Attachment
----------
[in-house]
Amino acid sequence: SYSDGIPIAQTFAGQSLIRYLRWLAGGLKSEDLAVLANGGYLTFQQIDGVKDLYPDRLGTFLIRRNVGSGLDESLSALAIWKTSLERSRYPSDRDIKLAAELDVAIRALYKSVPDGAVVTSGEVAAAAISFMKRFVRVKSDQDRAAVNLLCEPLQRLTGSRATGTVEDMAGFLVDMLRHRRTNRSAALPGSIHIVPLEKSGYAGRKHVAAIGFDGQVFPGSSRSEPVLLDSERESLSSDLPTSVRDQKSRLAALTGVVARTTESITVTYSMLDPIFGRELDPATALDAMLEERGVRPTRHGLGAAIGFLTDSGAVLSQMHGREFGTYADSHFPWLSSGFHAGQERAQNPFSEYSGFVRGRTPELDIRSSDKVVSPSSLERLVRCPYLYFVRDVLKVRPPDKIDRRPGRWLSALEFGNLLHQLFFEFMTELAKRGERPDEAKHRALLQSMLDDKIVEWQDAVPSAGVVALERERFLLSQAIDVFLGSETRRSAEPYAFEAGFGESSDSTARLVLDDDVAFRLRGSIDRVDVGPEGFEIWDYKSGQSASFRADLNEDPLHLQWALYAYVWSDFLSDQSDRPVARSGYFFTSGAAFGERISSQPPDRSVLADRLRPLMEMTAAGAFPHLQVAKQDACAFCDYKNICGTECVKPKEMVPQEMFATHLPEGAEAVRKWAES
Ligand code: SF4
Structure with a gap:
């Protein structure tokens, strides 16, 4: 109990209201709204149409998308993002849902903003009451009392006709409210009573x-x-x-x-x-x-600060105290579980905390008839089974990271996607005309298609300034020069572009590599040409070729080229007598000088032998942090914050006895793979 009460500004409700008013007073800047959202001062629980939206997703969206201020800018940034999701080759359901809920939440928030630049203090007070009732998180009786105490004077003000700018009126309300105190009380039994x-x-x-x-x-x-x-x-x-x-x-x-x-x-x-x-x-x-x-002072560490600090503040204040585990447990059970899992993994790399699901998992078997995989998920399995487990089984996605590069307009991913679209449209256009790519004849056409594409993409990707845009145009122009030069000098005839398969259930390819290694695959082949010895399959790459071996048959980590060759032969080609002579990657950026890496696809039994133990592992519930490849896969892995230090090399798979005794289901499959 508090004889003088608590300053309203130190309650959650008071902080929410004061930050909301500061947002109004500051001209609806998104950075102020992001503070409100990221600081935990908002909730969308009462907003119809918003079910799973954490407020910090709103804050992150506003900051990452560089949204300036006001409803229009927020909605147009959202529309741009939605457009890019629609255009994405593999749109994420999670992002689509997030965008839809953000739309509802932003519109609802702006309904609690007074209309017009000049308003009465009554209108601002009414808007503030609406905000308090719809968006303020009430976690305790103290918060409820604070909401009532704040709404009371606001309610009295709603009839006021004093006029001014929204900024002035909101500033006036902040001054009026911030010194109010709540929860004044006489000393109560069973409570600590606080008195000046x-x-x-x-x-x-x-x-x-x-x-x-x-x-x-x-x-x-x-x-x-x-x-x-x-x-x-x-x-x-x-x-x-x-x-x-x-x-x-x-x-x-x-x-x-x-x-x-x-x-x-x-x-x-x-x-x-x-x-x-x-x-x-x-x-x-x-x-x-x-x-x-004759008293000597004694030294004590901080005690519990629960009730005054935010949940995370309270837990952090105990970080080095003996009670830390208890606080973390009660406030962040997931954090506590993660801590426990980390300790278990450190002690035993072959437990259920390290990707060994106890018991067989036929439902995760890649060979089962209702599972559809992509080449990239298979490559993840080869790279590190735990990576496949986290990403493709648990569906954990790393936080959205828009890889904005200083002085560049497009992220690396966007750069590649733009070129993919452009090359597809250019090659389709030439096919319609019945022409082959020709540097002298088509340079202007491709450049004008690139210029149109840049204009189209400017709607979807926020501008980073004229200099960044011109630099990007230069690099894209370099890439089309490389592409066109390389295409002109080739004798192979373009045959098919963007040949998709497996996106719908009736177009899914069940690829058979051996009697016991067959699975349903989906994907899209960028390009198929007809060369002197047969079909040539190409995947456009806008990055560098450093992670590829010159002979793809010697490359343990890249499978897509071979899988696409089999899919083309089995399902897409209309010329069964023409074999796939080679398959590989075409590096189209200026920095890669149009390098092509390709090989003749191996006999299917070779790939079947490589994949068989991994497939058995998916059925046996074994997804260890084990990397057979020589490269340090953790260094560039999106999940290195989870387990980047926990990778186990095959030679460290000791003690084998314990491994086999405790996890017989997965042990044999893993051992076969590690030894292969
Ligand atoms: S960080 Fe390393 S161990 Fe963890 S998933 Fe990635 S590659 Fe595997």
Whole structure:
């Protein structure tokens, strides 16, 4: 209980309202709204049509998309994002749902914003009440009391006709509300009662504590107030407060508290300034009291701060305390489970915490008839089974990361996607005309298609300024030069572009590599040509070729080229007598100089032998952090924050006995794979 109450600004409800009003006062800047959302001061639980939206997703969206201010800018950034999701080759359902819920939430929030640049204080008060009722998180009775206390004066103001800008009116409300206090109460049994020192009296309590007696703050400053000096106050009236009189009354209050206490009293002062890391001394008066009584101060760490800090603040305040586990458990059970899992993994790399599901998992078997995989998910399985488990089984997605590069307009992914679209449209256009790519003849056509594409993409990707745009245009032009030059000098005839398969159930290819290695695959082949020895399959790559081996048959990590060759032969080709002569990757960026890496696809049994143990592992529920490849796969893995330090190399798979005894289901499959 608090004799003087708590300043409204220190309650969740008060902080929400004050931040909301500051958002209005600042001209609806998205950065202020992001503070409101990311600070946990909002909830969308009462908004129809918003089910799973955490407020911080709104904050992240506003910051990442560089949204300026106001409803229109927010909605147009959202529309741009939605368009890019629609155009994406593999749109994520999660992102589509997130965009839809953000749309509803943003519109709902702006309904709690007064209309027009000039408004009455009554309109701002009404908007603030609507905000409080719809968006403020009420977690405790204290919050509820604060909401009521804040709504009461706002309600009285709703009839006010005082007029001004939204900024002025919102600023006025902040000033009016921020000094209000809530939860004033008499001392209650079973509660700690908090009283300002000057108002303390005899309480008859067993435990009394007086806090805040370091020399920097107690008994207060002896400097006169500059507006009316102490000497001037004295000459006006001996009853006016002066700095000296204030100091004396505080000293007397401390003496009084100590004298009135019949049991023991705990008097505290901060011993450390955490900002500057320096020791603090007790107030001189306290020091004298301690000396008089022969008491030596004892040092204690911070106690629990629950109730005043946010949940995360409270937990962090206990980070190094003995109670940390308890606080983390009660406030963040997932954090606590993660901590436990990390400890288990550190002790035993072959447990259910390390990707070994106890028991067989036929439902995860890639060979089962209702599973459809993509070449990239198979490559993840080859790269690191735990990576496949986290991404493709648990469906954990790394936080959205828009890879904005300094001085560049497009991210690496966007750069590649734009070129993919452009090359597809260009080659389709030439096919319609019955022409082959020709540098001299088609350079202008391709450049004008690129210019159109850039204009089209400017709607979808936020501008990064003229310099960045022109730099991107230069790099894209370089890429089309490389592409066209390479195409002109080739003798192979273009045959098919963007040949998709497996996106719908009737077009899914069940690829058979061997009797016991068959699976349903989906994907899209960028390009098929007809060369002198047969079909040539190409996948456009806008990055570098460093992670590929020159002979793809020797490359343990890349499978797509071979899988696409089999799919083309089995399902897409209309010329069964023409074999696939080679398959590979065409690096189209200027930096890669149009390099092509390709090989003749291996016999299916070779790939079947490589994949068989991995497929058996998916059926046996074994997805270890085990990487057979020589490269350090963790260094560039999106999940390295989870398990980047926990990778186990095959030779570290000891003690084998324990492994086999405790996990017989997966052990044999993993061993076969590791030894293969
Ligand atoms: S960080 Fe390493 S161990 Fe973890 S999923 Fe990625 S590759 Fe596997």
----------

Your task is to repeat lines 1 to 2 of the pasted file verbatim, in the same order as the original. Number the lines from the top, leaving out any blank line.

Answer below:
[in-house]
Amino acid sequence: SYSDGIPIAQTFAGQSLIRYLRWLAGGLKSEDLAVLANGGYLTFQQIDGVKDLYPDRLGTFLIRRNVGSGLDESLSALAIWKTSLERSRYPSDRDIKLAAELDVAIRALYKSVPDGAVVTSGEVAAAAISFMKRFVRVKSDQDRAAVNLLCEPLQRLTGSRATGTVEDMAGFLVDMLRHRRTNRSAALPGSIHIVPLEKSGYAGRKHVAAIGFDGQVFPGSSRSEPVLLDSERESLSSDLPTSVRDQKSRLAALTGVVARTTESITVTYSMLDPIFGRELDPATALDAMLEERGVRPTRHGLGAAIGFLTDSGAVLSQMHGREFGTYADSHFPWLSSGFHAGQERAQNPFSEYSGFVRGRTPELDIRSSDKVVSPSSLERLVRCPYLYFVRDVLKVRPPDKIDRRPGRWLSALEFGNLLHQLFFEFMTELAKRGERPDEAKHRALLQSMLDDKIVEWQDAVPSAGVVALERERFLLSQAIDVFLGSETRRSAEPYAFEAGFGESSDSTARLVLDDDVAFRLRGSIDRVDVGPEGFEIWDYKSGQSASFRADLNEDPLHLQWALYAYVWSDFLSDQSDRPVARSGYFFTSGAAFGERISSQPPDRSVLADRLRPLMEMTAAGAFPHLQVAKQDACAFCDYKNICGTECVKPKEMVPQEMFATHLPEGAEAVRKWAES